SharpGIS

#GIS from a .NET developer's perspective

REALLY small unzip utility for Silverlight

UPDATE: See this updated blogpost.

There are quite a few libraries out there that adds zip decompression/compression to Silverlight. However, common to them all is that they add significantly to the size of the resulting .xap.

It turns out that Silverlight 2.0 already has zip decompression built-in. It uses this to uncompress the .xap files which really just are zip files with a different file extension.

There are several blog posts out there that will tell you how to dynamically load a XAP file and load it. It turns out that if you use the same approach with almost any other zip file, you can actually do the same thing, even though this is not a Silverlight XAP. I don’t think this was the original intent. but its still really neat! Here’s how to accomplish that, based on a zip file stream:

public static Stream GetFileStream(string filename, Stream stream)
{
    Uri fileUri = new Uri(filename, UriKind.Relative);
    StreamResourceInfo info = new StreamResourceInfo(stream, null);
    StreamResourceInfo streamInfo = System.Windows.Application.GetResourceStream(info, fileUri);
    if (streamInfo != null)
        return streamInfo.Stream;
    return null; //Filename not found or invalid ZIP stream
}

However, the problem is that this requires you to know before-hand what the names of the files are inside the zip file, and Silverlight doesn’t give you any way of getting that information (Silverlight uses the manifest file for reading the .xap).

Luckily getting filenames from the zip is the easy part of the ZIP specification to understand. This enabled us to create a generic ZIP file extractor in very few lines of code. Below is a small class utility class I created that wraps this all nicely for you.

public class UnZipper
{
    private Stream stream;
    public UnZipper(Stream zipFileStream)
    {
        this.stream = zipFileStream;
    }
    public Stream GetFileStream(string filename)
    {
        Uri fileUri = new Uri(filename, UriKind.Relative);
        StreamResourceInfo info = new StreamResourceInfo(this.stream, null);
        StreamResourceInfo stream = System.Windows.Application.GetResourceStream(info, fileUri);
        if(stream!=null)
            return stream.Stream;
        return null;
    }
    public IEnumerable<string> GetFileNamesInZip()
    {
        BinaryReader reader = new BinaryReader(stream);
        stream.Seek(0, SeekOrigin.Begin);
        string name = null;
        while (ParseFileHeader(reader, out name))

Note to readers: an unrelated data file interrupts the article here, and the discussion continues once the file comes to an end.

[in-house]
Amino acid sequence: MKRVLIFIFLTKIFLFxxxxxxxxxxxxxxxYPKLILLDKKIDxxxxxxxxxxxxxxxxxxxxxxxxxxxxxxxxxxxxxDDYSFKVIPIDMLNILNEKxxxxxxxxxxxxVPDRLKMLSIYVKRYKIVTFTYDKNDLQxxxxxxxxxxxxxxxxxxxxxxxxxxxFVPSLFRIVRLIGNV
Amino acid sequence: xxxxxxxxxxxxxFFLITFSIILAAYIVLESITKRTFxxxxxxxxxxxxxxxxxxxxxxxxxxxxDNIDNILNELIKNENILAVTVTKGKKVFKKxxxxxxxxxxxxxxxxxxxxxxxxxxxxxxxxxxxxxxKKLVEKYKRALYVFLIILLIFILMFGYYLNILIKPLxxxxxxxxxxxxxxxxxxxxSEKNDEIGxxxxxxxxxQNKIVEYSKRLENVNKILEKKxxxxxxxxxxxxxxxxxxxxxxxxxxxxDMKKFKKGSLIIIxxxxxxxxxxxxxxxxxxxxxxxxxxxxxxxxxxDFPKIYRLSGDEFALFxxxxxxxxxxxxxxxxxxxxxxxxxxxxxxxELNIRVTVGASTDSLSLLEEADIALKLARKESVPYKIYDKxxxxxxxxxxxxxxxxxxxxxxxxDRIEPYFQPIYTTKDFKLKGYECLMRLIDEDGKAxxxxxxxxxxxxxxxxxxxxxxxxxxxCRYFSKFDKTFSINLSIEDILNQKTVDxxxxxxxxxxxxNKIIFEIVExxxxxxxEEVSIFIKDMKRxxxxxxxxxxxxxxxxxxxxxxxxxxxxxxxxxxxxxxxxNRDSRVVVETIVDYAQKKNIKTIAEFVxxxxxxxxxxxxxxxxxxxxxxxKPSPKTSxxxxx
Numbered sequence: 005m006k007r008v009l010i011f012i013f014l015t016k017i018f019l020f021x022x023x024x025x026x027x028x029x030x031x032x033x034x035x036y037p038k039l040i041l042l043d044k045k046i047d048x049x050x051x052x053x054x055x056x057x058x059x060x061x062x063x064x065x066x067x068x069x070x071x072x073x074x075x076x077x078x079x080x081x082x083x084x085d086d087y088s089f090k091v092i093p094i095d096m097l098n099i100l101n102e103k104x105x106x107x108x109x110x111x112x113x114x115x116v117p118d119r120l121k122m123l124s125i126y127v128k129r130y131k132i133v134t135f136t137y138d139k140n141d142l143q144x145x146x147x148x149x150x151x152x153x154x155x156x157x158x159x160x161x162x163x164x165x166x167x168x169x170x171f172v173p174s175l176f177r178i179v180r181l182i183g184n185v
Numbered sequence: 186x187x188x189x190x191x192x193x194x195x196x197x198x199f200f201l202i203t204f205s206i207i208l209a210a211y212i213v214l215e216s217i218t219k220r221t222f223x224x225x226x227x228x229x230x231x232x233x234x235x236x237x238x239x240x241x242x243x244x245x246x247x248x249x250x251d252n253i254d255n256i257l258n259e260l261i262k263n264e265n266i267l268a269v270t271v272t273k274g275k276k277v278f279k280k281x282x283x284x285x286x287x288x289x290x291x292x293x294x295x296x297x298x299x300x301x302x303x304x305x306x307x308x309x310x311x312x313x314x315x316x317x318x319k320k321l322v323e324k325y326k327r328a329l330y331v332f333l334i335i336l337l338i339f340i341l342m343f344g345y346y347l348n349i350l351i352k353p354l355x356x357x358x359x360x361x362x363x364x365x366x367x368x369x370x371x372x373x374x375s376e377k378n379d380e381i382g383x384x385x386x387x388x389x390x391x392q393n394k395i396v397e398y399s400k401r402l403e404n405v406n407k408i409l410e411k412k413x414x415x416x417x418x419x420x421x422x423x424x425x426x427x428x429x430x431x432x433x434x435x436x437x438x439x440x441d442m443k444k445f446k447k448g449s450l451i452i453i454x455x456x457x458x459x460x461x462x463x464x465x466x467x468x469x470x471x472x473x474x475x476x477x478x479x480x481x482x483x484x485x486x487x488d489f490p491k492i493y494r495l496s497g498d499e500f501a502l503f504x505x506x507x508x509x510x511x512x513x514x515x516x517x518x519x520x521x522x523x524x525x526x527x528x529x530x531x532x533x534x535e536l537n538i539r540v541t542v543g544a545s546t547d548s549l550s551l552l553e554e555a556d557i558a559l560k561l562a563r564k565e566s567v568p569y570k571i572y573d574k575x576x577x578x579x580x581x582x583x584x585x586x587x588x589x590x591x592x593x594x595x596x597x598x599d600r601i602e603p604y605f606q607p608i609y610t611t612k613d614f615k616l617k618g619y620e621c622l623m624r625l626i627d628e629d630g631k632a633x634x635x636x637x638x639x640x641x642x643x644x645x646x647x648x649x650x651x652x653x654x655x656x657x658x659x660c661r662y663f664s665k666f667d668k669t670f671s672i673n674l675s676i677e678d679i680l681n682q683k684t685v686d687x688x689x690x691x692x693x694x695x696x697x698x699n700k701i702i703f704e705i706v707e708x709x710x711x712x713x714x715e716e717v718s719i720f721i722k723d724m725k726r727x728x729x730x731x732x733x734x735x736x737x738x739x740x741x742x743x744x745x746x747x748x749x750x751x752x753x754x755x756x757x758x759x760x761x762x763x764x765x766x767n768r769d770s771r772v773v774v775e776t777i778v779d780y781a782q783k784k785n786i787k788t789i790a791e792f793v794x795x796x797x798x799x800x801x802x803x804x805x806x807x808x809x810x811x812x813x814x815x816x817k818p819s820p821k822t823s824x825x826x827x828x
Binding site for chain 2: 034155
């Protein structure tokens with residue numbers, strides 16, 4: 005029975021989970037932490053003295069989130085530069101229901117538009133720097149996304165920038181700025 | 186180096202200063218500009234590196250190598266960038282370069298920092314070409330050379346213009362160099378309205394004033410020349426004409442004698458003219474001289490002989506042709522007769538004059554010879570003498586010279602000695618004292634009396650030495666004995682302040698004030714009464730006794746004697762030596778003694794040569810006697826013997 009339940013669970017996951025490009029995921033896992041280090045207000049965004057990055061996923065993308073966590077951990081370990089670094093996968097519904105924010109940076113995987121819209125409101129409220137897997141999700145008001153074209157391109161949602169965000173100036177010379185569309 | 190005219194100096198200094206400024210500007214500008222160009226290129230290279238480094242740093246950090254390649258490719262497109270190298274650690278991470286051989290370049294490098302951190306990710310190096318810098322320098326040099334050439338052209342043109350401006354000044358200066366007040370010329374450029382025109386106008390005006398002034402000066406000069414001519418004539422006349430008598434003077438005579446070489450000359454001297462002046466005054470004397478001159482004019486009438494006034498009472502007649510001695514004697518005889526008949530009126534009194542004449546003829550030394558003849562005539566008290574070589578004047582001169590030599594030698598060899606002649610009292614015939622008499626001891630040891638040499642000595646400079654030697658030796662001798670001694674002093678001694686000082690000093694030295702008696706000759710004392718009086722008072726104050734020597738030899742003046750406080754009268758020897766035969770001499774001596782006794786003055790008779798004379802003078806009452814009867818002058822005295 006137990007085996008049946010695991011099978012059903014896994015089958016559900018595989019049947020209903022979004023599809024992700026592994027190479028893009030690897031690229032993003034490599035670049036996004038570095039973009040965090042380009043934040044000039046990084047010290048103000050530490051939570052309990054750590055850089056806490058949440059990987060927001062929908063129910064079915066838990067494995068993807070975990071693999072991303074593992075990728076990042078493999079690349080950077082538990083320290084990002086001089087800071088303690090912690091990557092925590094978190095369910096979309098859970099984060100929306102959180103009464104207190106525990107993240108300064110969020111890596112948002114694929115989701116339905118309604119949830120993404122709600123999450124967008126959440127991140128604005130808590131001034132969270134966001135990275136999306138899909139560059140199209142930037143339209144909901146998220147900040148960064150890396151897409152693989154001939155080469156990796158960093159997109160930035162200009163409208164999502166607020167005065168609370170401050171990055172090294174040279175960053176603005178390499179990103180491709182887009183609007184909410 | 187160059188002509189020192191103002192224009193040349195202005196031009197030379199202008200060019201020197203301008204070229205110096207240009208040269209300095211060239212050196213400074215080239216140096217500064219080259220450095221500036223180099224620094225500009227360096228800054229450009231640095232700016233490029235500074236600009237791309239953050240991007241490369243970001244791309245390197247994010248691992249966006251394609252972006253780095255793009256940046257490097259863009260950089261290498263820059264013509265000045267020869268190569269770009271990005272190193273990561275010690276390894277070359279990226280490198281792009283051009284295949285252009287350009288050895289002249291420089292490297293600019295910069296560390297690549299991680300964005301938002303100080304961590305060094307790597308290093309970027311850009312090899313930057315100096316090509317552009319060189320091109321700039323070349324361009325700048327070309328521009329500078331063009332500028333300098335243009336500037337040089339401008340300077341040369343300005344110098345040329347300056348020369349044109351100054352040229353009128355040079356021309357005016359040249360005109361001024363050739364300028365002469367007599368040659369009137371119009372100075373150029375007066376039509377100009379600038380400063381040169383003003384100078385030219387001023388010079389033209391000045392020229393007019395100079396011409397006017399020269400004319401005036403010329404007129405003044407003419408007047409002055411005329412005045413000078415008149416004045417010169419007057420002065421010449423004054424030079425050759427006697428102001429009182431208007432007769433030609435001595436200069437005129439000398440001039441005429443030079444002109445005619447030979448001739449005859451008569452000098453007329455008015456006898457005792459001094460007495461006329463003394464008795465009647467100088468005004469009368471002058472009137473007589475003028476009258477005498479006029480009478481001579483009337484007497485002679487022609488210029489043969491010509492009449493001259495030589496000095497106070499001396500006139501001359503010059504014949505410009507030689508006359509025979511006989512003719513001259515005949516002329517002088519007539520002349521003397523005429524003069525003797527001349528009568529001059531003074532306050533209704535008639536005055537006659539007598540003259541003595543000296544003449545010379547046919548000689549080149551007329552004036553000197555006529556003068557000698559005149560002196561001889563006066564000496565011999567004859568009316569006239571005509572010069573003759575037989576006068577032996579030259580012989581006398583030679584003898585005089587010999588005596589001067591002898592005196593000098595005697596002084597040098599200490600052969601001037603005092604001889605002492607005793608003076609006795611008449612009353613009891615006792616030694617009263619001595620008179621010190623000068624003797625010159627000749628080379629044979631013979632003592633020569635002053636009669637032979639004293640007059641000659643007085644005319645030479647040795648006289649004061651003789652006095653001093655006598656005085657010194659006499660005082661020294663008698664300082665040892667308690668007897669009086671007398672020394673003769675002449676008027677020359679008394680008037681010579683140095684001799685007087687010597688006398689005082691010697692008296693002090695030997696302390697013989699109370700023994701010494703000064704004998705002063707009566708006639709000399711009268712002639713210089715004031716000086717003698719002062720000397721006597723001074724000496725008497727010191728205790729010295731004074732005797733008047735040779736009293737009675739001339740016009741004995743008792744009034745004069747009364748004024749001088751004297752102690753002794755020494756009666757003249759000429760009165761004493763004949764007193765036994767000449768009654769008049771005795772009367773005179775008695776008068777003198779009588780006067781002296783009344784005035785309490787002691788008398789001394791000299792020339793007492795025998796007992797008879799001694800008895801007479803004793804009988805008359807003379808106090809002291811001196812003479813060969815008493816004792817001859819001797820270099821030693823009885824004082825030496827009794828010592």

{
            yield return name;
        }
    }
    private static bool ParseFileHeader(BinaryReader reader, out string filename)
    {
        filename = null;
        if (reader.BaseStream.Position < reader.BaseStream.Length)
        {
            int headerSignature = reader.ReadInt32();
            if (headerSignature == 67324752) //PKZIP
            {
                reader.BaseStream.Seek(14, SeekOrigin.Current); //ignore unneeded values
                int compressedSize = reader.ReadInt32();
                int unCompressedSize = reader.ReadInt32();
                short fileNameLenght = reader.ReadInt16();
                short extraFieldLenght = reader.ReadInt16();
                filename = new string(reader.ReadChars(fileNameLenght));
                if (string.IsNullOrEmpty(filename))
                    return false;
                //Seek to the next file header
                reader.BaseStream.Seek(extraFieldLenght + compressedSize, SeekOrigin.Current);
                if (unCompressedSize == 0) //Directory or not supported. Skip it
                    return ParseFileHeader(reader, out filename);
                else
                    return true;
            }
        }
        return false;
    }
}

Basically you create a new instance of the UnZipper parsing in the stream to the zip file. The method “GetFileNamesInZip” will provide you with a list of the file names available inside the file, that you can use to reference the file using “GetFileStream”.

Below is a simple example of using this. The contents of each file will be shown in a message box:

private void LoadZipfile()
{
    WebClient c = new WebClient();
    c.OpenReadCompleted += new OpenReadCompletedEventHandler(openReadCompleted);
    c.OpenReadAsync(new Uri("http://www.mydomain.com/myZipFile.zip"));
}
 
private void openReadCompleted(object sender, OpenReadCompletedEventArgs e)
{
    UnZipper unzip = new UnZipper(e.Result);
    foreach (string filename in unzip.GetFileNamesInZip())
    {
        Stream stream = unzip.GetFileStream(filename);
        StreamReader reader = new StreamReader(stream);
        string contents = reader.ReadToEnd();
        MessageBox.Show(contents);
    }
}

Note that some ZIP files which doesn't report file size before the file content is not supported by Silverlight, and is therefore also ignored by this class. This is sometimes the case when the zip file is created through a stream where the resulting file size is written after the compressed data. If you are dealing with those kind of zip files (seems fairly rare to me), you will need to use a 3rd party zip library that supports this.
UPDATE: See this updated blogpost.

This class will hardly add much to your resulting .xap, and I think it will cover 95% of the use cases when working with zip files.

Download class file: UnZipper.zip (1.25 kb)